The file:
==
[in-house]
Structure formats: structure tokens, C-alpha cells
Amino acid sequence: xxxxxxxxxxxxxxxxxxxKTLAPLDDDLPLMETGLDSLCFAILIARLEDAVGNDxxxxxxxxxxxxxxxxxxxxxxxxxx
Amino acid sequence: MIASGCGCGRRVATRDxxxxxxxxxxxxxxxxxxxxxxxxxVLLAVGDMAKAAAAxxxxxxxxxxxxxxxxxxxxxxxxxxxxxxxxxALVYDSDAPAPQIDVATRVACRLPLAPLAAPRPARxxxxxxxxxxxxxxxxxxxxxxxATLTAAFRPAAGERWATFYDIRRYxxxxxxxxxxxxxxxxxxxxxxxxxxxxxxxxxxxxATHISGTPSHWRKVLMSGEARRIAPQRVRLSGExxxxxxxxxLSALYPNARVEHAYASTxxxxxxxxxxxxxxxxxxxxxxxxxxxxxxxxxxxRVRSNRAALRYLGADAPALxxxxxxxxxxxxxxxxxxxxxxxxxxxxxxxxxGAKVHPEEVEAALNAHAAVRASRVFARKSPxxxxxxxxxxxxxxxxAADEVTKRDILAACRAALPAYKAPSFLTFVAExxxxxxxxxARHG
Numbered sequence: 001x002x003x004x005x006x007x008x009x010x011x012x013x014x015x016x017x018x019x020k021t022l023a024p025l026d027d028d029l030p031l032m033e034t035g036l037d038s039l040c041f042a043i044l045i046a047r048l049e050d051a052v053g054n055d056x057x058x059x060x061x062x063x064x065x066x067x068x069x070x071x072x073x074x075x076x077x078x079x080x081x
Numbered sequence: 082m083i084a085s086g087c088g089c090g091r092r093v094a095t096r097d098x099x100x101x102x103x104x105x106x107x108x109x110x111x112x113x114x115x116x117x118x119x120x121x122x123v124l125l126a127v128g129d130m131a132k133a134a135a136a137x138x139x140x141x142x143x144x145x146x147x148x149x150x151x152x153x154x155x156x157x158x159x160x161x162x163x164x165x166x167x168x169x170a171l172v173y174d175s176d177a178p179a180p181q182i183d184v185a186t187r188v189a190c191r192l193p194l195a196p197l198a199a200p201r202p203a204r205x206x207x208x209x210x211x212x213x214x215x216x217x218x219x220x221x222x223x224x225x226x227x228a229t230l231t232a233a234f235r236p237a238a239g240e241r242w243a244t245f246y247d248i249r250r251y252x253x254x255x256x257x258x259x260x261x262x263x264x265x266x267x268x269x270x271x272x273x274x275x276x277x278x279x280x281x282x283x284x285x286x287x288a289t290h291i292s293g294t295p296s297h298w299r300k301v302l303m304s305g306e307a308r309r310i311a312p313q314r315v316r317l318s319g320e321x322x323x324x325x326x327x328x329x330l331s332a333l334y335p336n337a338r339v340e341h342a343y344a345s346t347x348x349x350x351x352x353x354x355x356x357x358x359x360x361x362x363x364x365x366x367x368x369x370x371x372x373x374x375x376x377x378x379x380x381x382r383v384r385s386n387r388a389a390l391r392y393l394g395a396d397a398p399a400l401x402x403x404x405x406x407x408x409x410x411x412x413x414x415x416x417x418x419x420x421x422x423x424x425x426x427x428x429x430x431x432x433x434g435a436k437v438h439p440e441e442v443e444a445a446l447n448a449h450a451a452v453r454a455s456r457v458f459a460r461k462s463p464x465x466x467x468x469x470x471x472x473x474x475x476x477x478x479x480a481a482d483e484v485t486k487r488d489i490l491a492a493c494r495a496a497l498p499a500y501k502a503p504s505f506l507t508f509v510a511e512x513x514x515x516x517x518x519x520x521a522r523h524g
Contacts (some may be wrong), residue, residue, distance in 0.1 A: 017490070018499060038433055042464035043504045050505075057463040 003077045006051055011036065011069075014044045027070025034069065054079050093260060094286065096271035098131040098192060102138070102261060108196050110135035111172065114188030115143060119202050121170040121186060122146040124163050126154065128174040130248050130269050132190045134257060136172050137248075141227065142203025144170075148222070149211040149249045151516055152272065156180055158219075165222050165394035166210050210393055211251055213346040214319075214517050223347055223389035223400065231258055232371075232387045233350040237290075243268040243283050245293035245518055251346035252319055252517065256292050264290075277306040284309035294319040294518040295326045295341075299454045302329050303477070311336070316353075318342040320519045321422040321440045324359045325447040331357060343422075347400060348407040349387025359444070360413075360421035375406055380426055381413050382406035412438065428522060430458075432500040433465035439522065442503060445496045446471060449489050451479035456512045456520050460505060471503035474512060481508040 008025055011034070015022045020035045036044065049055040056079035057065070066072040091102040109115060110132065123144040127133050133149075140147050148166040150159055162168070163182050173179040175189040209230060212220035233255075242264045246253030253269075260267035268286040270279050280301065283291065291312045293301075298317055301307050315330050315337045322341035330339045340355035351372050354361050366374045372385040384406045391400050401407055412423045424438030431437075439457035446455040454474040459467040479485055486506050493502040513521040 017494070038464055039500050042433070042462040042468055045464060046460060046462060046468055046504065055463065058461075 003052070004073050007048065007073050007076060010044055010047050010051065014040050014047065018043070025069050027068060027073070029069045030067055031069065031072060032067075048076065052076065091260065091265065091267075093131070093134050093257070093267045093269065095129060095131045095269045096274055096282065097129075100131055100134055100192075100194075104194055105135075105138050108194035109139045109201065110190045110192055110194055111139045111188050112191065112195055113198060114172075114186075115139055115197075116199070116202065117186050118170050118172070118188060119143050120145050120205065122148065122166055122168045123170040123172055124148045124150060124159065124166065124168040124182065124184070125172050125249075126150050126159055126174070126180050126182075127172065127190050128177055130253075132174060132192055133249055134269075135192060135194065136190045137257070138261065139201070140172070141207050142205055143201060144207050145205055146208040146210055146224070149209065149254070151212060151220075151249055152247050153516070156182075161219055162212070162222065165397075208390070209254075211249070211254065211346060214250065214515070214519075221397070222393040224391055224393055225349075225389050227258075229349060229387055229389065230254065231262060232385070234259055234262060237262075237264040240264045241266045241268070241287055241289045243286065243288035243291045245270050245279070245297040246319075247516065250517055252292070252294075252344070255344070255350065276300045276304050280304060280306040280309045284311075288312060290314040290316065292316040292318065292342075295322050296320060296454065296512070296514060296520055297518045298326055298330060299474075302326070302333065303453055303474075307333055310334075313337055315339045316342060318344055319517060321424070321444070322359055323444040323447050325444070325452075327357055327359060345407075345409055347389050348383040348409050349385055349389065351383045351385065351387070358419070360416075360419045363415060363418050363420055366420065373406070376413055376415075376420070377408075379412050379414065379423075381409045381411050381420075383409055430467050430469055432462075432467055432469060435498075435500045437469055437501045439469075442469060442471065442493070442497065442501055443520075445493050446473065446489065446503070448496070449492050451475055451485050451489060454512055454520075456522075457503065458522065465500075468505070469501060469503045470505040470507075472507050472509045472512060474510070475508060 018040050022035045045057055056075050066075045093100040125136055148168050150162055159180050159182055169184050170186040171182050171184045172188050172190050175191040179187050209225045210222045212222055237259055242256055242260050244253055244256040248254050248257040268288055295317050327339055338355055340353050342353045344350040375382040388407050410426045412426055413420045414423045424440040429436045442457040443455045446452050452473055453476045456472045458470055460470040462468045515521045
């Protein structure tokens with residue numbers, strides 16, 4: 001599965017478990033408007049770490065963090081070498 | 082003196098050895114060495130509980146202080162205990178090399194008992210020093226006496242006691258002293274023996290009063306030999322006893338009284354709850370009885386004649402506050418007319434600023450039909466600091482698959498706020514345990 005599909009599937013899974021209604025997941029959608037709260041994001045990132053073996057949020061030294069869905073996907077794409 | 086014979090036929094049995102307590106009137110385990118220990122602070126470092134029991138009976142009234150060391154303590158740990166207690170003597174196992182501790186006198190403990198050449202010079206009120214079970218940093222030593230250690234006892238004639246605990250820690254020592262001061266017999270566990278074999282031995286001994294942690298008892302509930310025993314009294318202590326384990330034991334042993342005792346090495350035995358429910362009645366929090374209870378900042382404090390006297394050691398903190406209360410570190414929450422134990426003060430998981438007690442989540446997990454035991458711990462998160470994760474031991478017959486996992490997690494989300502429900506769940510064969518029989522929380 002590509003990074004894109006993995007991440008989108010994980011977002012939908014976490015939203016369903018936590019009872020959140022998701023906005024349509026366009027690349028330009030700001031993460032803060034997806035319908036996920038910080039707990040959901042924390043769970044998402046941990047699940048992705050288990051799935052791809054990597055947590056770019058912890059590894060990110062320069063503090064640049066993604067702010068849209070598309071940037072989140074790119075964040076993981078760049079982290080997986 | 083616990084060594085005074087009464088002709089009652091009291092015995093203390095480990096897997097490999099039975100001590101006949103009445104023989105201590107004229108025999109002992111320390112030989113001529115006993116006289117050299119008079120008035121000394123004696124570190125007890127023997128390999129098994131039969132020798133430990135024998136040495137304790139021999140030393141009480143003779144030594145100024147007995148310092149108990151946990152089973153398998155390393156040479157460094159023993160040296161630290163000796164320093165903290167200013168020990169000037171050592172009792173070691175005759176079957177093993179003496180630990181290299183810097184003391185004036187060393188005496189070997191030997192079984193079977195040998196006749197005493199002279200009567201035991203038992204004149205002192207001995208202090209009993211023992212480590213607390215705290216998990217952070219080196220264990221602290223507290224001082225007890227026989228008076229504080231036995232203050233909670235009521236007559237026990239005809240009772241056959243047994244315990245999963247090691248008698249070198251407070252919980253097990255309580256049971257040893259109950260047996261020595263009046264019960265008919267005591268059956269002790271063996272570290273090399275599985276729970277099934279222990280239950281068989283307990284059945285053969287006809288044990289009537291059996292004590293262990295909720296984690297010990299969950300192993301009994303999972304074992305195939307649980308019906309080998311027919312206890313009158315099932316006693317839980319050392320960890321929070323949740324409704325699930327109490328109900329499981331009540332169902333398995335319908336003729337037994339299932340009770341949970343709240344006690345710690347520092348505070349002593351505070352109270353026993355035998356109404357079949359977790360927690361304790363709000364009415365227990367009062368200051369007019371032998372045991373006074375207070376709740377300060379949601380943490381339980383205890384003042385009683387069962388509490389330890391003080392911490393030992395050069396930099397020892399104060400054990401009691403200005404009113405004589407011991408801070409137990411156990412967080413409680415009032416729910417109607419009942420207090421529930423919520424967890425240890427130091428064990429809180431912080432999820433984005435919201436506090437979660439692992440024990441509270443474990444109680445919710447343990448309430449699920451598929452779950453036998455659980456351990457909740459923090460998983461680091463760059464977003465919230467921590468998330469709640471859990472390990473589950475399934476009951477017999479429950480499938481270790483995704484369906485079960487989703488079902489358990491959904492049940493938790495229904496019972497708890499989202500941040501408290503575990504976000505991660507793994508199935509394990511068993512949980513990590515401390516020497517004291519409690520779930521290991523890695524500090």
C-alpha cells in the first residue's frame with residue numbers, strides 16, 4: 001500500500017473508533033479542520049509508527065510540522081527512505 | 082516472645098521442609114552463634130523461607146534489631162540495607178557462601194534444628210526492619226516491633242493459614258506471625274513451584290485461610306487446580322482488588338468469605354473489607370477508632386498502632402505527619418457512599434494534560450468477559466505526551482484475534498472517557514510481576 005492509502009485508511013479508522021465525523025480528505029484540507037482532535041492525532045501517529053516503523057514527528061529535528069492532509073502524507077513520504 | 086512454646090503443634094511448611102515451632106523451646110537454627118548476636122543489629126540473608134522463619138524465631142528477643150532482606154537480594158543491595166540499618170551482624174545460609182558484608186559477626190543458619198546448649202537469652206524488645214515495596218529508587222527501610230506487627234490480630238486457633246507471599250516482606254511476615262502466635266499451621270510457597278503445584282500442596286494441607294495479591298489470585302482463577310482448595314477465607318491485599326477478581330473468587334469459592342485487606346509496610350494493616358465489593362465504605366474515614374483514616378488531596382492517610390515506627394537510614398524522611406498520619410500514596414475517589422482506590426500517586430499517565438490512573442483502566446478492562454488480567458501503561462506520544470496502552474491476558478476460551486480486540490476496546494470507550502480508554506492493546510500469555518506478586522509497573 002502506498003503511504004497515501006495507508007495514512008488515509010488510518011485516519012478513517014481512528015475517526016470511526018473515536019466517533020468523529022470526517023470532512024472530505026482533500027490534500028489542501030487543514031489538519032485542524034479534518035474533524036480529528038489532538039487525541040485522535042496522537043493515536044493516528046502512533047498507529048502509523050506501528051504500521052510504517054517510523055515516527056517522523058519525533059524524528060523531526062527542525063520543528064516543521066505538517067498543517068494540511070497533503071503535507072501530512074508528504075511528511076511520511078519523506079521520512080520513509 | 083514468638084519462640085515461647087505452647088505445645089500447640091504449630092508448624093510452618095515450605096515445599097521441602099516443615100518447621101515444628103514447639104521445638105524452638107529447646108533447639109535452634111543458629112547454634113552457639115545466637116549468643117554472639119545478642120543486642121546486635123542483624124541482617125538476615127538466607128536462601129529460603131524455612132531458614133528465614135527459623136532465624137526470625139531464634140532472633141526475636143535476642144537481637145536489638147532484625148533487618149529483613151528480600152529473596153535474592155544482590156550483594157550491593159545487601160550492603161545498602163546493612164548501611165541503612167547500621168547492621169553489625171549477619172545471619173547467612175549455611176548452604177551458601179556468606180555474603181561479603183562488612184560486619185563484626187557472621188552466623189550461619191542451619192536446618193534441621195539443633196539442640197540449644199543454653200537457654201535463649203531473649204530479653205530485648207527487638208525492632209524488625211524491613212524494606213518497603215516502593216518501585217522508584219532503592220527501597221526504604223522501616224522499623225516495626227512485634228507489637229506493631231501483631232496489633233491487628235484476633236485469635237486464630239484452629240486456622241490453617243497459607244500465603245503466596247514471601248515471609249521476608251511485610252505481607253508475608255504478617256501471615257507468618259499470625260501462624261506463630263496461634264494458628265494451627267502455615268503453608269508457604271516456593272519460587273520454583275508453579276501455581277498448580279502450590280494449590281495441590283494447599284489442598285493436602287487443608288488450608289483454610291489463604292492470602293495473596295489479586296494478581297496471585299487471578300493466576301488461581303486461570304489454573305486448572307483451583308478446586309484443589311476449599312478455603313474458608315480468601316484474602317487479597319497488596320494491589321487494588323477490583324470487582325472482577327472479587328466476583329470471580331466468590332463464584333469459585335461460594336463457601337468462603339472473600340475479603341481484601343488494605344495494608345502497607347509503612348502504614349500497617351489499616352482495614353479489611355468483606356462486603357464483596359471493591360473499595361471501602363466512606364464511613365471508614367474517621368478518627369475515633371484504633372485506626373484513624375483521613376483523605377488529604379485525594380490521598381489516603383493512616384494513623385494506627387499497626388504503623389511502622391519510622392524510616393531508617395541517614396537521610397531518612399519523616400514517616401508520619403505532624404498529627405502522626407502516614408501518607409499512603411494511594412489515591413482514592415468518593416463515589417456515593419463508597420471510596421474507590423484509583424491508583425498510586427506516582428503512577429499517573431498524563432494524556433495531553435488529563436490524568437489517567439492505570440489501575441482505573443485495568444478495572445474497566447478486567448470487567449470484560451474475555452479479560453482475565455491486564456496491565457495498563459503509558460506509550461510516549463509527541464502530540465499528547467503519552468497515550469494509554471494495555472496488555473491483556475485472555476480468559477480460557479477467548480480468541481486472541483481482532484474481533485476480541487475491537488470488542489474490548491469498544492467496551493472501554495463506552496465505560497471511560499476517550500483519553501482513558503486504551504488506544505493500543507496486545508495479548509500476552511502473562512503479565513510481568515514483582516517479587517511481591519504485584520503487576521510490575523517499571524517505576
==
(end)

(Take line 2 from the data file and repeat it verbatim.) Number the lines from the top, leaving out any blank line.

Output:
Structure formats: structure tokens, C-alpha cells